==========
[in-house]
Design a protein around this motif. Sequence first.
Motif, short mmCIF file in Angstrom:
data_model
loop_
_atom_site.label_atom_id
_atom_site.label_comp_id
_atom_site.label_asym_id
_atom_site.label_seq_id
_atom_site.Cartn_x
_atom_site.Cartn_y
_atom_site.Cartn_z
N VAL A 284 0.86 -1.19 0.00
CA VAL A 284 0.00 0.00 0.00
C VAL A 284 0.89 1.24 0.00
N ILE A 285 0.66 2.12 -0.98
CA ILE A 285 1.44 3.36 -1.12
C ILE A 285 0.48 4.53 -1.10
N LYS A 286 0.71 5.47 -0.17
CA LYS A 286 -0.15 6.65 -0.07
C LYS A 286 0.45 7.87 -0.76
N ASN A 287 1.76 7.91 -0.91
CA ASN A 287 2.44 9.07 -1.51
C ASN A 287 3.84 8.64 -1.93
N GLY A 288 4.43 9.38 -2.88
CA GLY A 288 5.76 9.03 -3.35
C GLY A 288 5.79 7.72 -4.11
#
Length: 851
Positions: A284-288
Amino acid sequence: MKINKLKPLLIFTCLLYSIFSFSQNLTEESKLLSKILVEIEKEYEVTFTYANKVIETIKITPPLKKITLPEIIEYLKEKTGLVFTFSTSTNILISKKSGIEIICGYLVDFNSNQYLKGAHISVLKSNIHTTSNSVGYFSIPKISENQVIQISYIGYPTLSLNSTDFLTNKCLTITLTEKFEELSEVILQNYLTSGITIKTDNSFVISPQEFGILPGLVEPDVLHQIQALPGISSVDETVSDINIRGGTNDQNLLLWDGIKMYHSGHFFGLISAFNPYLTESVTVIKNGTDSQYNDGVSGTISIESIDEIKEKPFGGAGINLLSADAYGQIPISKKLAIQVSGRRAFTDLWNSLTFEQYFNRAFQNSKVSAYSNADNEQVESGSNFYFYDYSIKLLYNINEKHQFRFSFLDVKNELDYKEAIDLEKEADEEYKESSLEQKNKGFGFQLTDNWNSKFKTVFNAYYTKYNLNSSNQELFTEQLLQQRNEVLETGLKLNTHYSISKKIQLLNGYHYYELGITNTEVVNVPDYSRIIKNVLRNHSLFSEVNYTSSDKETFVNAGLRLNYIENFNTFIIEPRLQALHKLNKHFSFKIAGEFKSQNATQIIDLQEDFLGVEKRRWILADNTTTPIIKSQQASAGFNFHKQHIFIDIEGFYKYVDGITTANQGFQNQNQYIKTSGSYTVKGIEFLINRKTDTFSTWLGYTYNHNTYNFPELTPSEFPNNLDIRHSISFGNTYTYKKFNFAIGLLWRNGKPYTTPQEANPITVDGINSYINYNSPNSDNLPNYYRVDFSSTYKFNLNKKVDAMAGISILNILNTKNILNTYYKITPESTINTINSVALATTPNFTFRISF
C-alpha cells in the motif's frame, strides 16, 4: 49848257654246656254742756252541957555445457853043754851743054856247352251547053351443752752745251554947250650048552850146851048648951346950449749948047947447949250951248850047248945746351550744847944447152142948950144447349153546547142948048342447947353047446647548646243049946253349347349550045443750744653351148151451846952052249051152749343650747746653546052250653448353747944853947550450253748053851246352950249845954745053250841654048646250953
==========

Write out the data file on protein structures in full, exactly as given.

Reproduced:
[in-house]
Design a protein around this motif. Sequence first.
Motif, short mmCIF file in Angstrom:
data_model
loop_
_atom_site.label_atom_id
_atom_site.label_comp_id
_atom_site.label_asym_id
_atom_site.label_seq_id
_atom_site.Cartn_x
_atom_site.Cartn_y
_atom_site.Cartn_z
N VAL A 284 0.86 -1.19 0.00
CA VAL A 284 0.00 0.00 0.00
C VAL A 284 0.89 1.24 0.00
N ILE A 285 0.66 2.12 -0.98
CA ILE A 285 1.44 3.36 -1.12
C ILE A 285 0.48 4.53 -1.10
N LYS A 286 0.71 5.47 -0.17
CA LYS A 286 -0.15 6.65 -0.07
C LYS A 286 0.45 7.87 -0.76
N ASN A 287 1.76 7.91 -0.91
CA ASN A 287 2.44 9.07 -1.51
C ASN A 287 3.84 8.64 -1.93
N GLY A 288 4.43 9.38 -2.88
CA GLY A 288 5.76 9.03 -3.35
C GLY A 288 5.79 7.72 -4.11
#
Length: 851
Positions: A284-288
Amino acid sequence: MKINKLKPLLIFTCLLYSIFSFSQNLTEESKLLSKILVEIEKEYEVTFTYANKVIETIKITPPLKKITLPEIIEYLKEKTGLVFTFSTSTNILISKKSGIEIICGYLVDFNSNQYLKGAHISVLKSNIHTTSNSVGYFSIPKISENQVIQISYIGYPTLSLNSTDFLTNKCLTITLTEKFEELSEVILQNYLTSGITIKTDNSFVISPQEFGILPGLVEPDVLHQIQALPGISSVDETVSDINIRGGTNDQNLLLWDGIKMYHSGHFFGLISAFNPYLTESVTVIKNGTDSQYNDGVSGTISIESIDEIKEKPFGGAGINLLSADAYGQIPISKKLAIQVSGRRAFTDLWNSLTFEQYFNRAFQNSKVSAYSNADNEQVESGSNFYFYDYSIKLLYNINEKHQFRFSFLDVKNELDYKEAIDLEKEADEEYKESSLEQKNKGFGFQLTDNWNSKFKTVFNAYYTKYNLNSSNQELFTEQLLQQRNEVLETGLKLNTHYSISKKIQLLNGYHYYELGITNTEVVNVPDYSRIIKNVLRNHSLFSEVNYTSSDKETFVNAGLRLNYIENFNTFIIEPRLQALHKLNKHFSFKIAGEFKSQNATQIIDLQEDFLGVEKRRWILADNTTTPIIKSQQASAGFNFHKQHIFIDIEGFYKYVDGITTANQGFQNQNQYIKTSGSYTVKGIEFLINRKTDTFSTWLGYTYNHNTYNFPELTPSEFPNNLDIRHSISFGNTYTYKKFNFAIGLLWRNGKPYTTPQEANPITVDGINSYINYNSPNSDNLPNYYRVDFSSTYKFNLNKKVDAMAGISILNILNTKNILNTYYKITPESTINTINSVALATTPNFTFRISF
C-alpha cells in the motif's frame, strides 16, 4: 49848257654246656254742756252541957555445457853043754851743054856247352251547053351443752752745251554947250650048552850146851048648951346950449749948047947447949250951248850047248945746351550744847944447152142948950144447349153546547142948048342447947353047446647548646243049946253349347349550045443750744653351148151451846952052249051152749343650747746653546052250653448353747944853947550450253748053851246352950249845954745053250841654048646250953